• Tzouvelekis A, Harokopos V, Paparountas T, Oikonomou N, Chatziioannou A, Vilaras G, Tsiambas E, Karameris A, Bouros D and Aidinis V., 2007, "Comparative expression profiling in pulmonary fibrosis suggests a role of hypoxia-inducible factor-1alpha in disease pathogenesis", Am J Respir Crit Care Med, 176(11) :1108-19 [Pubmed] 
  • Oikonomou N, Thanassopoulou A, Tzouvelekis A, Harokopos V, Paparountas T, Nikitopoulou I, Witke W, Karameris A, Kotanidou A, Bouros D, and Aidinis V., 2009, "Gelsolin expression is necessary for the development of modelled pulmonary inflammation and fibrosis.", Thorax. , 64(6): 467-75 [Pubmed]. 
  • Mouratis MA, Aidinis V. 2011, "Modeling pulmonary fibrosis with bleomycin.", Curr Opin Pulm Med., 2011 Sep; 17(5):355-61. [PubMed]. 
  • Oikonomou N, Mouratis MA, Tzouvelekis A, Kaffe E, Valavanis C, Vilaras G, Karameris A, Prestwich GD, Bouros D, Aidinis V. 2012, "Pulmonary Autotaxin Expression Contributes to the Pathogenesis of Pulmonary Fibrosis.", Am J Respir Cell Mol Biol, 2012 Jun 28 [PubMed]. 

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The role of ATX and LPA signalling in embryonic development, pathophysiology and cancer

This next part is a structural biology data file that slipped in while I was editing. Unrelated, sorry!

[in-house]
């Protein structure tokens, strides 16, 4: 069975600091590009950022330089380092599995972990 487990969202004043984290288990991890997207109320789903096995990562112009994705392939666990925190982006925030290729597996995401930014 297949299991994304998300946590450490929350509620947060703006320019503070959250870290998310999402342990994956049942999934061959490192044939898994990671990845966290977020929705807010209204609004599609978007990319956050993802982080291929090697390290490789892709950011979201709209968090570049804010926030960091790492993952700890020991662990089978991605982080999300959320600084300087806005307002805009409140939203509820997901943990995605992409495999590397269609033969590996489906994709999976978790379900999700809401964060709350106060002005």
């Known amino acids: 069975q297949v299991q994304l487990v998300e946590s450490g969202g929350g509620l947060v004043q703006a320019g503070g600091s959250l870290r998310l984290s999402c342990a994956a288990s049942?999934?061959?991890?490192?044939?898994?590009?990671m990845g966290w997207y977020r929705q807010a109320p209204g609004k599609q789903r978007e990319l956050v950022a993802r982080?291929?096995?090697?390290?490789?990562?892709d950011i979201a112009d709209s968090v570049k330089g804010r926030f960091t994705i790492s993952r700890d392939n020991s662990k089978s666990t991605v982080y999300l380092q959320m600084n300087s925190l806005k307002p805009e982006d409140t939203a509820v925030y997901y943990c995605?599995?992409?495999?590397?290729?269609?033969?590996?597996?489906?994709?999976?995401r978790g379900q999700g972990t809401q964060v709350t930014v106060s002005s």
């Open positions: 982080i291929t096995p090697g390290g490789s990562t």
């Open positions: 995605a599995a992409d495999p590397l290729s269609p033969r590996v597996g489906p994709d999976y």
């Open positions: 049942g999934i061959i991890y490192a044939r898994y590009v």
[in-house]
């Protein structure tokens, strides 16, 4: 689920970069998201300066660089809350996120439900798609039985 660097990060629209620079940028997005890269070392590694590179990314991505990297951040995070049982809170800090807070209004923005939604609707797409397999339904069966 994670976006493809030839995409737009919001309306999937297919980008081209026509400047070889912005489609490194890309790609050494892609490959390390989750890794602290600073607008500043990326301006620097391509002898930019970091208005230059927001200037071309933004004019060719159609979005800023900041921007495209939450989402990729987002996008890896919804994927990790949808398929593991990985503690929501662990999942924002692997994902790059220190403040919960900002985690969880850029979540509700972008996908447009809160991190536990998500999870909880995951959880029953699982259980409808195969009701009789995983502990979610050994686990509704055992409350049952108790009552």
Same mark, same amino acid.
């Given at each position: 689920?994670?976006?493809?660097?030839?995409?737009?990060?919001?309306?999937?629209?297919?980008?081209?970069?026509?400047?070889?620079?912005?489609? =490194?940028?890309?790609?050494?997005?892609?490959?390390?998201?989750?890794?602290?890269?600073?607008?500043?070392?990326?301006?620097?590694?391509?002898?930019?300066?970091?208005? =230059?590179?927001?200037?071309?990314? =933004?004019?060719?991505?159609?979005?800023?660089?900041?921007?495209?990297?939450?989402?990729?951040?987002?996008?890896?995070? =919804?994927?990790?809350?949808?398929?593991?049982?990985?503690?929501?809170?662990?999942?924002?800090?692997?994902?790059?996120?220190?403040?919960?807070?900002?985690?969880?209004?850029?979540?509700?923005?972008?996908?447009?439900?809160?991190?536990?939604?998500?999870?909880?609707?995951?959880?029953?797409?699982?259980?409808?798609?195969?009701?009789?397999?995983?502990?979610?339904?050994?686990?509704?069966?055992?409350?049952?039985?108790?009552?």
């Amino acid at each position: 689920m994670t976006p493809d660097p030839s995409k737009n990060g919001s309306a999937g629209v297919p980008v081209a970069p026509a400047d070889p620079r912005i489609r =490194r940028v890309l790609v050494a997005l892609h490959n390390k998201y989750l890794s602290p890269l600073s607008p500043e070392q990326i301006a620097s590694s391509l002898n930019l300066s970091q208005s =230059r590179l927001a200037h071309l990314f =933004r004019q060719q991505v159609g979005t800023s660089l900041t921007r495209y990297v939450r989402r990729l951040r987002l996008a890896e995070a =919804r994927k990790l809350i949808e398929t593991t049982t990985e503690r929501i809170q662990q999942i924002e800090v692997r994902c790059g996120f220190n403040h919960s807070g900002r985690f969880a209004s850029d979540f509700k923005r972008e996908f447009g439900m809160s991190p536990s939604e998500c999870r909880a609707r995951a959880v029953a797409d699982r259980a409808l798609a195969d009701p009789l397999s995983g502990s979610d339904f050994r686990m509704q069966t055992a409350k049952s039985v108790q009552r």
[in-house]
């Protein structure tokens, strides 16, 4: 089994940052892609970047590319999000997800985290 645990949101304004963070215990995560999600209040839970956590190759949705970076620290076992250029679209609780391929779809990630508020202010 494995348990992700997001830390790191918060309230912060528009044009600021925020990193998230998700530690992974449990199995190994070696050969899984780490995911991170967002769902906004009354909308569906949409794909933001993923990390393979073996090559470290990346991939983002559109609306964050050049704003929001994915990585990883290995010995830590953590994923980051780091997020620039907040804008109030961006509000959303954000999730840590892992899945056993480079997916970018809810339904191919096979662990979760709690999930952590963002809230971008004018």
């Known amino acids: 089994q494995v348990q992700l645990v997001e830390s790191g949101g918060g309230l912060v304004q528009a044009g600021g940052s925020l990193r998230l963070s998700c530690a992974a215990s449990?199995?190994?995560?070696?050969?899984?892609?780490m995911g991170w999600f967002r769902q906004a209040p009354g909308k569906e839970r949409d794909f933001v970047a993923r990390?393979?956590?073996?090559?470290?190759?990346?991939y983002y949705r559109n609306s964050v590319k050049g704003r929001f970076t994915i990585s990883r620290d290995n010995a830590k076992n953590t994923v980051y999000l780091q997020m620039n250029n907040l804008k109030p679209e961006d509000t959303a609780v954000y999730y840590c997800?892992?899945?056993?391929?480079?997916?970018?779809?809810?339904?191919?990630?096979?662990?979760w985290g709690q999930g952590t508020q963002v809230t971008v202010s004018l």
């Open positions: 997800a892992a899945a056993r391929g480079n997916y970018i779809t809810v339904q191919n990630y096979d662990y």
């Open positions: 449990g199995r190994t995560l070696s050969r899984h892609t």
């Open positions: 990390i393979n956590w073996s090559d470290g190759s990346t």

Autotaxin (ATX, ENPP2) is a secreted glycoprotein widely present in biological fluids, including blood. It is a plasma lysophospholipase D (lysoPLD) considered to be responsible for the majority of lysophosphatidic acid (LPA) production in the blood and at sites of inflammation. In turn, LPA is a bioactive lysophospholipid that evokes a great variety of cellular responses in almost all cell types, including cell migration, proliferation and survival. ATX and LPA signaling was shown from our group to be necessary for embryonic development, since complete genetic deletion of ATX from mice resulted to embryonic lethality, attributed to aberrant circulation and failure of neural tube closure. ATX was originally isolated from the supernatant of melanoma cells as an autocrine mobility stimulation factor; since, its role in carcinogenesis was well established and we are currently examining its role in various forms of cancer. However, high ATX expression has been discovered in non-malignant tissues such as the frontal cortex of Alzheimer-like dementia patients, the cerebrospinal fluid of multiple sclerosis patients, and as reported more recently from our group the arthritic synovium and the fibrotic lung, suggesting a possible involvement of ATX in chronic inflammatory disorders. On going genetic and pharmacological studies aim to establish ATX as a therapeutic target in chronic inflammatory disorders and cancer, to identify regulatory mechanisms of ATX expression and to examine its role in phospholipid homeostasis.